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Critique Of Everyday Life Summary Essay

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New Literary History 33.4 (2002) 743-760



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Everyday (Virtual) Life

Mark Poster


The concept of everyday life has been central to the discourse of critical theory at least since the early 1960s when Henri Lefebvre devoted several volumes to elaborating the idea. 1 In this essay I shall review the category of the everyday and test its critical capacities in the current context, when information machines or media have been disseminated widely in places like the home and the street, perhaps undermining the boundary between the quotidian and the extraordinary, the private and the public. I shall argue that the media transform place and space in such a way that what had been regarded as the locus of the everyday can no longer be distinguished as separate from its opposite. This change operates to nullify earlier notions of the everyday but also opens the possibility for a reconfigured concept of daily life which might yet contain critical potentials. 2

Humanism and Everyday Life

A review of Lefebvre's concept of the everyday provides insight into the distance that separates us from critical positions of the immediate postwar period. Lefebvre's intervention in that discourse upset the prevailing conceptual registers. To be critical of domination in the early postwar years, for Lefebvre, meant to call into question the freedoms offered by representative democracy, capitalism, or the state socialism of the Soviet Union and the Eastern European bloc of nations. Freedom, in his view, could not be realized in these institutional frames of practice. In the first instance, the everyday was the region outside official politics and large economic organizations. The locus of an "other" to public life was the first step in redefining human freedom. He writes in Critique of Everyday Life in 1947 that "the critique of everyday life involves a critique of political life, in that everyday life already contains and constitutes such a critique: in that it is that critique." 3 The issue at stake in the concept of daily life therefore was the recognition of the failure of big politics to offer anything like an adequate domain for human life.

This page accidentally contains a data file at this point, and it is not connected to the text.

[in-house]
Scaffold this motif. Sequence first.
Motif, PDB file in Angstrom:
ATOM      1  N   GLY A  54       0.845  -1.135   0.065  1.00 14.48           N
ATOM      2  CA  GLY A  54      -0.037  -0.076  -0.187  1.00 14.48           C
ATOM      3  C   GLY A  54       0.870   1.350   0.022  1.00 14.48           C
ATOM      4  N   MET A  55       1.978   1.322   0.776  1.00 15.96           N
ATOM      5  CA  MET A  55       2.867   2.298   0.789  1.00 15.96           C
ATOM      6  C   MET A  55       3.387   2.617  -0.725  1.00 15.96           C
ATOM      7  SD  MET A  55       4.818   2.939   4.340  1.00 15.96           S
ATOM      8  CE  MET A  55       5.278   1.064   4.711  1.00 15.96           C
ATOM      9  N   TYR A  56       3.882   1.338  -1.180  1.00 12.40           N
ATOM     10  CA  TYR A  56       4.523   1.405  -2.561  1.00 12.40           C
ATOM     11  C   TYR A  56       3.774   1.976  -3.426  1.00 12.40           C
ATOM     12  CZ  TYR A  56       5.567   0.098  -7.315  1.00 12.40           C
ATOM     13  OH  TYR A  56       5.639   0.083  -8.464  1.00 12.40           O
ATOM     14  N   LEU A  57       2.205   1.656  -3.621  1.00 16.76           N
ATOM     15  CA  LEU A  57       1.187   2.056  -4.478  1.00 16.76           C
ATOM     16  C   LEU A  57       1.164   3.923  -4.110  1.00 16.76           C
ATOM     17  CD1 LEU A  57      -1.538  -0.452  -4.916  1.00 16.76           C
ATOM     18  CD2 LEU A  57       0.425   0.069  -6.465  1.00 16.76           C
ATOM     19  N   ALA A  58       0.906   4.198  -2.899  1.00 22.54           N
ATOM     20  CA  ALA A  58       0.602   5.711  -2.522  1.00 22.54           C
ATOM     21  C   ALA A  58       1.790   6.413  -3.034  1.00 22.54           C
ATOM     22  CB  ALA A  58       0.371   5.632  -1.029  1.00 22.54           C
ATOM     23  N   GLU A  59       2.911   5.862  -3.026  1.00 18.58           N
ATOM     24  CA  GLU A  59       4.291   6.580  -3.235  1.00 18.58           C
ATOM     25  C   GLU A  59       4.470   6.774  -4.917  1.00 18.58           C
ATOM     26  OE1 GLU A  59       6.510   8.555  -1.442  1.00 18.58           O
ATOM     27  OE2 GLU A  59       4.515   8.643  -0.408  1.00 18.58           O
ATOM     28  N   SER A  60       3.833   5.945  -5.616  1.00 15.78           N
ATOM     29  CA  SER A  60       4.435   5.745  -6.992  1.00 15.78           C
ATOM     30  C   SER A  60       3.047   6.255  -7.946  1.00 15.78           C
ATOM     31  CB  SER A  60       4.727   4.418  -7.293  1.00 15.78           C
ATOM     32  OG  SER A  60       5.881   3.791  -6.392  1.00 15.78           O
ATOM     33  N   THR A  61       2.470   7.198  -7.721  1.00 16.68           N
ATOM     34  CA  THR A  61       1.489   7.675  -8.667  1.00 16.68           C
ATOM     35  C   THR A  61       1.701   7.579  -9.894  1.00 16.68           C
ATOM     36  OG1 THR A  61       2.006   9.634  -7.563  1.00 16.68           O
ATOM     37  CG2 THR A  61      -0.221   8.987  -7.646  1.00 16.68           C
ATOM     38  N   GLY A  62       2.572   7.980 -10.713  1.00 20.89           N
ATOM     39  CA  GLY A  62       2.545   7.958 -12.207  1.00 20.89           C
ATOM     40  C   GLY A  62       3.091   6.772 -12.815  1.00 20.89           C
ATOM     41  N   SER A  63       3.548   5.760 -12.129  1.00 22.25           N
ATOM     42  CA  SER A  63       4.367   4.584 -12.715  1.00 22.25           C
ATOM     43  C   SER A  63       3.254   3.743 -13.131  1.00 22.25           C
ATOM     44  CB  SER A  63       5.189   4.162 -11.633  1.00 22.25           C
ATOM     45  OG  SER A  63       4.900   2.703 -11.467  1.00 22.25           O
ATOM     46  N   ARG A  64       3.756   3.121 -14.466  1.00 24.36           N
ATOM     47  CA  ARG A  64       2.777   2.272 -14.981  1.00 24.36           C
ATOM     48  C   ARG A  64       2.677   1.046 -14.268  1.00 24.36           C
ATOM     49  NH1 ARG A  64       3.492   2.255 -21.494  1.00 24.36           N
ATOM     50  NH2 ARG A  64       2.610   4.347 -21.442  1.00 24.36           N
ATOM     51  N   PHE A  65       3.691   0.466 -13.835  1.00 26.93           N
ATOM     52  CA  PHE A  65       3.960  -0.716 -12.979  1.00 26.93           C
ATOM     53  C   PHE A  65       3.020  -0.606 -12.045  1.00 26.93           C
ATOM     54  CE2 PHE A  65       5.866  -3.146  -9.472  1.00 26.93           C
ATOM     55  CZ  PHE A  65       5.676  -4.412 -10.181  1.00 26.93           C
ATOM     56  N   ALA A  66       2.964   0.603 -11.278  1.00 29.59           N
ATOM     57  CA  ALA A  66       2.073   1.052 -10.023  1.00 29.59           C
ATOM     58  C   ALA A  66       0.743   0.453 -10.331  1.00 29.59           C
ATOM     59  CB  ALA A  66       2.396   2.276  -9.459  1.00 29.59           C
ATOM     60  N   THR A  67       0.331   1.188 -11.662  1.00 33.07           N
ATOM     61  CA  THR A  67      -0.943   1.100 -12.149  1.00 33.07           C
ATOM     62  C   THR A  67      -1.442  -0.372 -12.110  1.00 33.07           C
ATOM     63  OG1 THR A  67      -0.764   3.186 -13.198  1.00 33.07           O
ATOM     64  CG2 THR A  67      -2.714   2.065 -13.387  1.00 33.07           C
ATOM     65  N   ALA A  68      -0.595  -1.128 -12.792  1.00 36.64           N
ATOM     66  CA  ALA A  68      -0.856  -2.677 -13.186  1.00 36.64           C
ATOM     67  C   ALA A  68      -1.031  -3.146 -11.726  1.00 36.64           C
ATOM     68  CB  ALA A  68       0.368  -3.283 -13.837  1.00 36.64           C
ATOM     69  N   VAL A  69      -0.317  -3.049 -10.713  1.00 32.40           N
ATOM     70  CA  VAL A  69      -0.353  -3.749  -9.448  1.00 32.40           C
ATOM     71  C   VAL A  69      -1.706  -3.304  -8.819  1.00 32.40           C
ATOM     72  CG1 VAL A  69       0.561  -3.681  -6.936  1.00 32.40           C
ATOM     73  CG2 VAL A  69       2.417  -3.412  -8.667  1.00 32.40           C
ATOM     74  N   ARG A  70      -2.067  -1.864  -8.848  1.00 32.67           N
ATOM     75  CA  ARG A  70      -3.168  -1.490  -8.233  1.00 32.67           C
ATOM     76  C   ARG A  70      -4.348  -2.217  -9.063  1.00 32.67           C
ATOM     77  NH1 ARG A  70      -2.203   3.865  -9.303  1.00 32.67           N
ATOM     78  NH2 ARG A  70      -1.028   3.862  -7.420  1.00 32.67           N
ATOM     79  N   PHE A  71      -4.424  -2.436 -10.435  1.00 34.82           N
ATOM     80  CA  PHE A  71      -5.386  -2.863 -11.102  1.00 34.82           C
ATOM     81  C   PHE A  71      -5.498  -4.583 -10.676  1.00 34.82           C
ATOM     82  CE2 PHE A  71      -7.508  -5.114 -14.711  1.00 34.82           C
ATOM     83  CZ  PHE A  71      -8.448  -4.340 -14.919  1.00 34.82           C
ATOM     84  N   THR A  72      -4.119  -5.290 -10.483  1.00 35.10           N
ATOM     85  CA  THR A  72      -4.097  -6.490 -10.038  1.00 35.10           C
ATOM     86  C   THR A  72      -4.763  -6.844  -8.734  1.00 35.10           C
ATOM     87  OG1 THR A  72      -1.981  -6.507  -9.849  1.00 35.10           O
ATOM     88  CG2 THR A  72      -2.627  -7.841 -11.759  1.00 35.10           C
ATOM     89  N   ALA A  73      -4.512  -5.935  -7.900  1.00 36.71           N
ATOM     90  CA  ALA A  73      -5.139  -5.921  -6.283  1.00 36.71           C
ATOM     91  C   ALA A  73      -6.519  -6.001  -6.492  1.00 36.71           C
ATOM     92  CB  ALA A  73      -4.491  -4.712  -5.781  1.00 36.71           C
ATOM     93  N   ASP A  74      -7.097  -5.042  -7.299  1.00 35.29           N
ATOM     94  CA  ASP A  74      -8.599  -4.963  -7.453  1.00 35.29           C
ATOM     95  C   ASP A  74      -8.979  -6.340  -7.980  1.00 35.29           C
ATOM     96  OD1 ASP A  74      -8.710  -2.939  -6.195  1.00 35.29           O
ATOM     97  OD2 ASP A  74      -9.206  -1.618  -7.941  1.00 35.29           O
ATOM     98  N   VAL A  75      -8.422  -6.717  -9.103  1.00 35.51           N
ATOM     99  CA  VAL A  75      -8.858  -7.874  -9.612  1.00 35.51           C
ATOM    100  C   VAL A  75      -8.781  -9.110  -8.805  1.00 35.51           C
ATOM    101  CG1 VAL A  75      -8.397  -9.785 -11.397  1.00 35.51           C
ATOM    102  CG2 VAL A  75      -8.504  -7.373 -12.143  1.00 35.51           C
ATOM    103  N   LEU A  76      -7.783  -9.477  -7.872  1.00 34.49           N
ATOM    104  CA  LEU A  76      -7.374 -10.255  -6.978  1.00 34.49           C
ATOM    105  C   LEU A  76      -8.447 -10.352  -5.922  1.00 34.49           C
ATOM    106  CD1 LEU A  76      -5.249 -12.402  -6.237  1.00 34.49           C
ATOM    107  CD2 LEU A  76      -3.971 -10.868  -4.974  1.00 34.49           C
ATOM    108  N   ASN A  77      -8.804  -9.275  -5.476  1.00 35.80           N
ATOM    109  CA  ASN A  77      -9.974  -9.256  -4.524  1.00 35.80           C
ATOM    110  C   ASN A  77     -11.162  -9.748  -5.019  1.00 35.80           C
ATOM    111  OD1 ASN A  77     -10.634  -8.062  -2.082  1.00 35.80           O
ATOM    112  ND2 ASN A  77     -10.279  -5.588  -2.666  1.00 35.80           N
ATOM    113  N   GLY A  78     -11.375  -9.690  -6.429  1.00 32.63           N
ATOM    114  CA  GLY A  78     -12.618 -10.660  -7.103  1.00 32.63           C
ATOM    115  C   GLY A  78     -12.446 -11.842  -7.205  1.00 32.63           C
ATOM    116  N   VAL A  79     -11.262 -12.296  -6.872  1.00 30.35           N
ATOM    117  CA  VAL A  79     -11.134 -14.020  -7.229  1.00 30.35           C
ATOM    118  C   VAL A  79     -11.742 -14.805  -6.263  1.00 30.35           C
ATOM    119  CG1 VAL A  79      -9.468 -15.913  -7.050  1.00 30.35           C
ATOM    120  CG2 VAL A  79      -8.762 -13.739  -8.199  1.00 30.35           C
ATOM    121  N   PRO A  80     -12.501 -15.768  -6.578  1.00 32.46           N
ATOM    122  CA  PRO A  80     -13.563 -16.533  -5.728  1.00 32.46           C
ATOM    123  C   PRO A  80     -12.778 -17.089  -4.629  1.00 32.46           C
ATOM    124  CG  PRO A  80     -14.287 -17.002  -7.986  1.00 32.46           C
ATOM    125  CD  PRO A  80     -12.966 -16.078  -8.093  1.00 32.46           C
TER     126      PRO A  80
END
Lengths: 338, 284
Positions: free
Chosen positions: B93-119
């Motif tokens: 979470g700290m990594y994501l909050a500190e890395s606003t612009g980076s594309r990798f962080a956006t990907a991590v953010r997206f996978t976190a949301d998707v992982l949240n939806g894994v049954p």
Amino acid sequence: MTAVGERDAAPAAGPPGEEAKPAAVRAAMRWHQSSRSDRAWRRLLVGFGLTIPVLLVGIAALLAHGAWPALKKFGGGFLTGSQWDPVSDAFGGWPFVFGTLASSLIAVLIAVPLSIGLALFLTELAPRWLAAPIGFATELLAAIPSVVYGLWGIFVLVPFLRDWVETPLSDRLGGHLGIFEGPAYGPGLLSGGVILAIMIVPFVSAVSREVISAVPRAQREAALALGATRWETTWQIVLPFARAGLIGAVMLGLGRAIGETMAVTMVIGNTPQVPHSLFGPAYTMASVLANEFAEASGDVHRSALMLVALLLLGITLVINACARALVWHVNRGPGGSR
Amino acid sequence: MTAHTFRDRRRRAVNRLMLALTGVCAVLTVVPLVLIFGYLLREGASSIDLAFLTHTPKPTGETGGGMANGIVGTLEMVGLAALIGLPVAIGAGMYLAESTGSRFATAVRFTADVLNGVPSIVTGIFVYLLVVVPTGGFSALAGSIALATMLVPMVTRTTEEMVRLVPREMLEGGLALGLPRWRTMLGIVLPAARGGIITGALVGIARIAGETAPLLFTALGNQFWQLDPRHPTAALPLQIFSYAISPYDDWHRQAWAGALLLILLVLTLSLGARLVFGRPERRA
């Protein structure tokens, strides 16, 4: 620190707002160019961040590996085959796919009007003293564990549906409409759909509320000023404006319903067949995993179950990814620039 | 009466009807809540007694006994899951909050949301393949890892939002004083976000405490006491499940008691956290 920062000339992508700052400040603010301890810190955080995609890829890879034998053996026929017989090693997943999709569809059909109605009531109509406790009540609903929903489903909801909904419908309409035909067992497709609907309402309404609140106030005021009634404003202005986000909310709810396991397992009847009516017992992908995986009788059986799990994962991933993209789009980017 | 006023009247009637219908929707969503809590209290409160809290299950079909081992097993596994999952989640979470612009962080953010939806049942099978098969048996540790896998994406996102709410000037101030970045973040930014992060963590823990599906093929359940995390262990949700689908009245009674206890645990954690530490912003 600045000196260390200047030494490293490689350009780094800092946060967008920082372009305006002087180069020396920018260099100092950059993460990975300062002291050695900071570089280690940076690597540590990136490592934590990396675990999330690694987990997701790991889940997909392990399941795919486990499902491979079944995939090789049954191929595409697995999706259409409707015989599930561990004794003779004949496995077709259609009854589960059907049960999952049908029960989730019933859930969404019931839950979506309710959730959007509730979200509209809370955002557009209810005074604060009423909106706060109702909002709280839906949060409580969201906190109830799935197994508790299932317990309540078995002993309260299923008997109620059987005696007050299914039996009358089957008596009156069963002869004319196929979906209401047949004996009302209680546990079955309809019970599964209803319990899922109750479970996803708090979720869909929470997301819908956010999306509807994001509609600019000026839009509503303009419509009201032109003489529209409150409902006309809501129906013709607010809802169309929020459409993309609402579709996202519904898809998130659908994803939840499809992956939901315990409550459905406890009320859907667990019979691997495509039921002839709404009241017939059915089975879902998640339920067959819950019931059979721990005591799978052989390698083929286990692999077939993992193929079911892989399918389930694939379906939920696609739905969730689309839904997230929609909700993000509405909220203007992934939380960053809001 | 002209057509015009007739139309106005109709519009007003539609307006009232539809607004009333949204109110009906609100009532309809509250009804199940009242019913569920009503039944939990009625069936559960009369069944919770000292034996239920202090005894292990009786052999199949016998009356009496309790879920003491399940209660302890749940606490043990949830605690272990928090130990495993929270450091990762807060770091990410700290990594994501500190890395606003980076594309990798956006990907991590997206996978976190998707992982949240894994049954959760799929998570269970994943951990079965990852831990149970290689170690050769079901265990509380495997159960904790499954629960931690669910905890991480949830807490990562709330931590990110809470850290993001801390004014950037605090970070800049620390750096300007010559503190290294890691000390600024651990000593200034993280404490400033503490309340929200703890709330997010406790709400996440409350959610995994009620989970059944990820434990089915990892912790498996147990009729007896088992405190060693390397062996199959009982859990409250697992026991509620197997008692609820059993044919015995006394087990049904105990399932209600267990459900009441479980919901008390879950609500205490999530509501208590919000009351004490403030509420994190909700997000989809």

In order to define the everyday Lefebvre took over from phenomenology and existentialism the notion of "lived experience," le veçu, erlebnis. [End Page 743] The category of lived experience functioned in Edmund Husserl's Phenomenology and the Crisis of the European Sciences, in Martin Heidegger's early existentialism of Being and Time, and in French translations and adaptations of these works such as Jean-Paul Sartre's Being and Nothingness and Maurice Merleau-Ponty's Phenomenology of Perception as a critique of rationalist metaphysics deriving from Cartesian, Kantian, and Hegelian traditions. These newer philosophies of the 1920s to the 1950s rejected the ordering of the world through the category of reflected reason, opening the understanding of the human condition precisely to everyday experience. One might say that these critiques of reason-centered reality were the first steps toward positions which inspire much of critical thinking today, from poststructuralist theory to the cultural studies traditions. The crucial leap was to get outside the Western worldview in which reality moved toward and was moved by reason—not to assert an opposite to reason as in the writings of romantic philosophy and literature, but to test the limits of what we now call logocentrism, to demote it in status as simply one, however important, regime of rationality. Lived experience could serve Lefebvre as a critical notion only because it was not defined completely within something known as reason.

Lefebvre was aware of the dangers of turning to everyday life as a critical category. Heidegger's treatment of the everyday in Being and Time, for instance, was that of the realm of alienation, of the forgetfulness of Being. Lefebvre acknowledges Heidegger's view when he defines the everyday as the "concrete," as "lived experience," but also as "alienation." He points to "a problem which is fundamental for the critique of everyday life. . . . Many men . . . do not know their own lives very well. . . . Men have no knowledge of their own lives: they see them and act...



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